Three Essays on Applied Bayesian Econometrics
|Author:||Tomáš Adam (6.11.2019)|
|Year:||2019 - winter|
|Leaders:|| prof. Ing. et Ing. Luboš Komárek Ph.D., MSc., MBA
|Work type:|| Dissertations
|Awards and prizes:|
|Abstract:||The dissertation consists of three papers which apply Bayesian econometric techniques to monitoring macroeconomic and macro-financial developments in the economy. Its aim is to illustrate how Bayesian methods can be employed in standard areas of economic research (estimating systemic risk in the banking sectors, nowcasting GDP growth) and also in a more original area (monitoring developments in sovereign bond markets).
In the first essay, we address a task which analytical departments in central banks or commercial banks face very often - nowcasting foreign demand of a small open economy. On the example of the Czech economy, we propose an approach to nowcast foreign GDP growth rates for the Czech economy. For presentation purposes, we focus on three major trading partners: Germany, Slovakia and France. We opt for a simple method which is very general and which has proved successful in the literature: the method based on bridge equation models. A battery of models is evaluated based on a pseudo-real-time forecasting exercise. The results for Germany and France suggest that the models are more successful at backcasting, nowcasting and forecasting than the naive random walk benchmark model. At the same time, the various models considered are more or less successful depending on the forecast horizon. On the other hand, the results for Slovakia are less convincing, possibly due to the stability of the GDP growth rate over the evaluation period and the weak relationship between GDP growth rates and monthly indicators in the training sample.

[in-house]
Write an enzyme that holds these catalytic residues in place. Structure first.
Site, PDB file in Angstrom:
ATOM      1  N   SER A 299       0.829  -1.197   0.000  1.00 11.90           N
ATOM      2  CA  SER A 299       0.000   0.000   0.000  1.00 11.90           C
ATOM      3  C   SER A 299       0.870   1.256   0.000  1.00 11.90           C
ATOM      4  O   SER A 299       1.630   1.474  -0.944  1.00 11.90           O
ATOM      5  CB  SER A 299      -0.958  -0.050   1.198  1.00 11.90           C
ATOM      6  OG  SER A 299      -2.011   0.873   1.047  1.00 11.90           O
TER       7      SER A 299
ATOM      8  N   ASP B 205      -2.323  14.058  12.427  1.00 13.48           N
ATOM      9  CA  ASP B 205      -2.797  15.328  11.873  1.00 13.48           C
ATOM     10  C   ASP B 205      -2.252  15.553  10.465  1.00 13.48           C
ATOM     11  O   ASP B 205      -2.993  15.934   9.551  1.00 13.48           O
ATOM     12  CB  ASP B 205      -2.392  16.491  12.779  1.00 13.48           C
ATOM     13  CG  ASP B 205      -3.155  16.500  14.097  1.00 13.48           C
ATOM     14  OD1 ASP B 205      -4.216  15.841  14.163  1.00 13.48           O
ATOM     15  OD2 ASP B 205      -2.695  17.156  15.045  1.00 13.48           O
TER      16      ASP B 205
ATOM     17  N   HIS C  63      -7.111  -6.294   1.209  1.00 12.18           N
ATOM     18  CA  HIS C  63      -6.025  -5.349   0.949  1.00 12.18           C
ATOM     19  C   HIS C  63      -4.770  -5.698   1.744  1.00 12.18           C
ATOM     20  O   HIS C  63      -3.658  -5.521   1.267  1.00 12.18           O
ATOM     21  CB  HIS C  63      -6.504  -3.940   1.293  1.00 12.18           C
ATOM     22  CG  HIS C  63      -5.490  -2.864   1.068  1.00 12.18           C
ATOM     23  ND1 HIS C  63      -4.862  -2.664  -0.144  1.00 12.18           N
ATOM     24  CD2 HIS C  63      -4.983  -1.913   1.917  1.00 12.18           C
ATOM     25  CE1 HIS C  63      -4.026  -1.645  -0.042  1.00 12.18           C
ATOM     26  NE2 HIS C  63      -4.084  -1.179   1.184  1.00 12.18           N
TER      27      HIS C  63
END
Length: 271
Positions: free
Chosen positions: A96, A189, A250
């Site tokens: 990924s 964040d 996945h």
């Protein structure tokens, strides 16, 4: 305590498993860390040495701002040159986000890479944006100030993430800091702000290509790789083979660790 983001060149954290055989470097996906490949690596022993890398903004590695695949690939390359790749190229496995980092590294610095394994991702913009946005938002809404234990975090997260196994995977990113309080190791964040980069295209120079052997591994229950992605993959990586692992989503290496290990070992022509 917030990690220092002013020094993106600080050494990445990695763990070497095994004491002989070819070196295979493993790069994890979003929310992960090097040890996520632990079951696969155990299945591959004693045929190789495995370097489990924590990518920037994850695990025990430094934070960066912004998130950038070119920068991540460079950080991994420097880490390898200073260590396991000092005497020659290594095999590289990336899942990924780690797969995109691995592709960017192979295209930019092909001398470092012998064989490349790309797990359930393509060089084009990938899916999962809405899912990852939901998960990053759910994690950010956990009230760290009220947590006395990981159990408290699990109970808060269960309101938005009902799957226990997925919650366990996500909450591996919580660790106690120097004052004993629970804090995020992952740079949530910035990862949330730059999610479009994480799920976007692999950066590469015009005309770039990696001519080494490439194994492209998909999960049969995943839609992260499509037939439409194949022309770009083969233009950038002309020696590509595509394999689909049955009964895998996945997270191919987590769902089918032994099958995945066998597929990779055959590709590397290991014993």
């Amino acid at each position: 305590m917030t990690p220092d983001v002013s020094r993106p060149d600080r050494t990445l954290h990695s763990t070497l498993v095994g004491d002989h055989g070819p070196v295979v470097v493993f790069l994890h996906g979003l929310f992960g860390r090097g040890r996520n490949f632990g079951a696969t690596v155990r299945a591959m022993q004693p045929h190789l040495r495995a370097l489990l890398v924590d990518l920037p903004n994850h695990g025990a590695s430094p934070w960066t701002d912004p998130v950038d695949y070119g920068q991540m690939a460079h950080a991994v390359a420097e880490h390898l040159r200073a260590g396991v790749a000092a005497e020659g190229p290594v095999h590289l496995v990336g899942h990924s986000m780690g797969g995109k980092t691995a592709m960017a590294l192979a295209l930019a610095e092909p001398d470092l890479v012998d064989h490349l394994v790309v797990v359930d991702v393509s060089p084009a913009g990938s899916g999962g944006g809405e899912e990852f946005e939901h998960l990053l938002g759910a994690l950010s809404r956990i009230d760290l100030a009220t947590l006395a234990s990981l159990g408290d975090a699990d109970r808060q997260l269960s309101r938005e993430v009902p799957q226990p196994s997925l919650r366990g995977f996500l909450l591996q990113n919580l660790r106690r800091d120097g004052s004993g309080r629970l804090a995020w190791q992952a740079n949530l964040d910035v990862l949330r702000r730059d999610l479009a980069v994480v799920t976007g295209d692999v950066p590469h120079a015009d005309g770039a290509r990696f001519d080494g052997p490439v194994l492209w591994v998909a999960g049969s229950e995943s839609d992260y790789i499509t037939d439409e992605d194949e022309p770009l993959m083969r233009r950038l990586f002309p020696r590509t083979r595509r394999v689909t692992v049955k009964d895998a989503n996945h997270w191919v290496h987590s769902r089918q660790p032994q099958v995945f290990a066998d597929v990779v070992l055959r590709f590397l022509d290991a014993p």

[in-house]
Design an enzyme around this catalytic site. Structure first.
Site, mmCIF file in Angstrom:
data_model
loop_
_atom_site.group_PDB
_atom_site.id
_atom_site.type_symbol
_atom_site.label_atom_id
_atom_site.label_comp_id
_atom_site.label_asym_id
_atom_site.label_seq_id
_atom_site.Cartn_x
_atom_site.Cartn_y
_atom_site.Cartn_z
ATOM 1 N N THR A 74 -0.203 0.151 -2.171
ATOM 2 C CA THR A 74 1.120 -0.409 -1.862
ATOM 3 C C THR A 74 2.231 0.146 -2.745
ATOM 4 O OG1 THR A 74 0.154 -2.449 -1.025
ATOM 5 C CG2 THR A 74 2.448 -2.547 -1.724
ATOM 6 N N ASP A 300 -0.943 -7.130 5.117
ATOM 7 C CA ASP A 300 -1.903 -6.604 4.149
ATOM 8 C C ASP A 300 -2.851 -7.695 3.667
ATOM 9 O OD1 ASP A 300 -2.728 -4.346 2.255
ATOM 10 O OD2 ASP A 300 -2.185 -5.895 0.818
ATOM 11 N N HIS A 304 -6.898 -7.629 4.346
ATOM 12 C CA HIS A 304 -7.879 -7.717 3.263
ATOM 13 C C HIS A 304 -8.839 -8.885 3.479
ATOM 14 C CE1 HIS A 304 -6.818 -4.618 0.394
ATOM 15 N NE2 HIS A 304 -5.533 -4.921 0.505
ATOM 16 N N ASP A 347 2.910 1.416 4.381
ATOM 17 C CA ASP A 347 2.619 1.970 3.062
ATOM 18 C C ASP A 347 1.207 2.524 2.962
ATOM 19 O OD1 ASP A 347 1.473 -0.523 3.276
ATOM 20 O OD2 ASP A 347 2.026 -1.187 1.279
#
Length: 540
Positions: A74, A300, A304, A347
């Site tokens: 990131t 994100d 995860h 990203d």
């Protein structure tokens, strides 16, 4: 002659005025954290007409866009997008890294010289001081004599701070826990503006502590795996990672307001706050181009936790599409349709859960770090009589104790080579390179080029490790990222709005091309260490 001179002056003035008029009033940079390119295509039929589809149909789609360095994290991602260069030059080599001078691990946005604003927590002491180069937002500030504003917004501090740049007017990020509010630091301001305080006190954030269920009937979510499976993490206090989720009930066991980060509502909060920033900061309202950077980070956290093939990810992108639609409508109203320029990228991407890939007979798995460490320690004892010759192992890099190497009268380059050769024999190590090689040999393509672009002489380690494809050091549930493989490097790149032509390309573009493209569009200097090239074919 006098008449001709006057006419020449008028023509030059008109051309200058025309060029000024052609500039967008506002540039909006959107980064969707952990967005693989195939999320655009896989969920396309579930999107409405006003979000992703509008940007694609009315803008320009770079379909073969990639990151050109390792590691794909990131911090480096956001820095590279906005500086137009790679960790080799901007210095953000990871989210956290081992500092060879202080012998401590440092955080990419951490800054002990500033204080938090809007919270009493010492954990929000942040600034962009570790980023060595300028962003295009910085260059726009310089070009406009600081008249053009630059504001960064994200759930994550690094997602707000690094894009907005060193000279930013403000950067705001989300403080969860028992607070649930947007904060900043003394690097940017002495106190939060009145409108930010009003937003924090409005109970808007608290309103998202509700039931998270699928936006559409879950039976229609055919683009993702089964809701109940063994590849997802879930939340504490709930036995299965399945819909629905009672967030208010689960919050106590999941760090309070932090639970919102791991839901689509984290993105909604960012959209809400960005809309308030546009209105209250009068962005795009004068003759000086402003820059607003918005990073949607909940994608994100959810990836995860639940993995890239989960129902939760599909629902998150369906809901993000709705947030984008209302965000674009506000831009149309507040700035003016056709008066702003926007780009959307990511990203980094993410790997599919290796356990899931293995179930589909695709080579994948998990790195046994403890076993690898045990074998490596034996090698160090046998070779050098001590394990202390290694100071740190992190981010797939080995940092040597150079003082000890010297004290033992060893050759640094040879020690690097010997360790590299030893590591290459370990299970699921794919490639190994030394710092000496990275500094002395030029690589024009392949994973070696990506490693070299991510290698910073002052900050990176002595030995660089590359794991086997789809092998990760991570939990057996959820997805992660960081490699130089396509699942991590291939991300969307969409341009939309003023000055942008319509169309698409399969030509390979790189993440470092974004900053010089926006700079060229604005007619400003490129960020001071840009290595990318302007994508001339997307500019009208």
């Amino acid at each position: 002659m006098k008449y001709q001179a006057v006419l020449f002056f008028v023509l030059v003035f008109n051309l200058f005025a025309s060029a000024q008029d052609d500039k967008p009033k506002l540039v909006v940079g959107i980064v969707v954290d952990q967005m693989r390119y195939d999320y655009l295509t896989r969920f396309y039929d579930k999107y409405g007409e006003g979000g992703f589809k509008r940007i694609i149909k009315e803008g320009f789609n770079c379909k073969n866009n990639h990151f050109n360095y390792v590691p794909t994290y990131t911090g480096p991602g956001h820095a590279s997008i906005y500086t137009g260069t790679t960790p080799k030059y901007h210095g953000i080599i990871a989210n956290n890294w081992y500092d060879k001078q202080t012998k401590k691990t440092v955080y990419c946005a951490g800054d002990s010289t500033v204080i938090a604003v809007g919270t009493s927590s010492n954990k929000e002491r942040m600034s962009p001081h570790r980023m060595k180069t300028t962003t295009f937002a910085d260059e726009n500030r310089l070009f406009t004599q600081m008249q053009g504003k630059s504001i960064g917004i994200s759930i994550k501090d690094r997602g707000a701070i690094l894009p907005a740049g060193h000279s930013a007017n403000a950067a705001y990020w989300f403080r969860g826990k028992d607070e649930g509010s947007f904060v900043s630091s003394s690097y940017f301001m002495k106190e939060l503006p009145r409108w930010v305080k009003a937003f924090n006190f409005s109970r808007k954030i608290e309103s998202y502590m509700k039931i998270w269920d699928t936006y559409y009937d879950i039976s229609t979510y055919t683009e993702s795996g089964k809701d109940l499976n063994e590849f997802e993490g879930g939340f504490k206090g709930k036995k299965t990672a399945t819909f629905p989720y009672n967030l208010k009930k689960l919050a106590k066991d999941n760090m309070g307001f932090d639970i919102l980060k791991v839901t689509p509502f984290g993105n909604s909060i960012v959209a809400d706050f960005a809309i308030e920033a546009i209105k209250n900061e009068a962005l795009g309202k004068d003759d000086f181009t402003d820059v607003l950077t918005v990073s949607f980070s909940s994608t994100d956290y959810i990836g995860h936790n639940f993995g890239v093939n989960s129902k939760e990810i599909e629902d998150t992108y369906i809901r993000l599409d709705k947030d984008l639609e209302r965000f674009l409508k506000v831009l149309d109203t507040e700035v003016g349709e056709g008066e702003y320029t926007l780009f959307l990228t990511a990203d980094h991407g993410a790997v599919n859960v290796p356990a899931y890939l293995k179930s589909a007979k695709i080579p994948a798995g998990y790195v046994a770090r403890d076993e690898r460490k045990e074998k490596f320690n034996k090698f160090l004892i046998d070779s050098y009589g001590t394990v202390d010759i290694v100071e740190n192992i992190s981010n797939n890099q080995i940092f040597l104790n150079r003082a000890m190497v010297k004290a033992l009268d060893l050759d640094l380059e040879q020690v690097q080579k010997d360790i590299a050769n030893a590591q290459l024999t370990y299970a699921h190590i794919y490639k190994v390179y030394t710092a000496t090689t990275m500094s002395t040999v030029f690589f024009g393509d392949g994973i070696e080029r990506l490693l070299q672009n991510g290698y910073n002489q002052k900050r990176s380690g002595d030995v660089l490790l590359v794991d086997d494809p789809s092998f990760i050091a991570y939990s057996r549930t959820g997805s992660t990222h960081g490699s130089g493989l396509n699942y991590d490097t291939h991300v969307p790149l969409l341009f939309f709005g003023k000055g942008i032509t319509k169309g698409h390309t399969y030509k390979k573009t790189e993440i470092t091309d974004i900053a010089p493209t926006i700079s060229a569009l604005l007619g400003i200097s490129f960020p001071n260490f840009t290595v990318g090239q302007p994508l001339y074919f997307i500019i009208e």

In the second essay, we turn to monitoring developments in euro area sovereign bond markets. To study the period since October 2005, with a particular focus on the financial and sovereign debt crises, we employ a factor model with time-varying loading coefficients and stochastic volatility, which allows for capturing changes in the pricing mechanism of bond yields. Our key contribution is exploring both the global and the local dimensions of bond yield determinants in individual euro area countries using a time-varying model. Using the reduced form results, we show decoupling of periphery euro area bond yields from the core countries’ yields following the financial crisis and the scope of their subsequent re-integration. In addition, by means of the structural analysis based on identification via sign restrictions, we present time varying impulse responses of bond yields to EA and US monetary policy shocks and to confidence shocks.
The final essay analyses the evolution of the systematic risk of the banking industries in eight advanced countries using weekly data from 1990 to 2012. Time-varying betas are estimated using a Bayesian state-space model with stochastic volatility, whose results are contrasted with those of the standard M-GARCH and rolling-regression models. We show that both country-specific and global events affect the perceived systematic risk, while the impact of the latter differs considerably across countries. Finally, our results do not support fully the previous findings that equity prices did not reflect the build-up of systematic risk of the banking sector before the last financial crisis.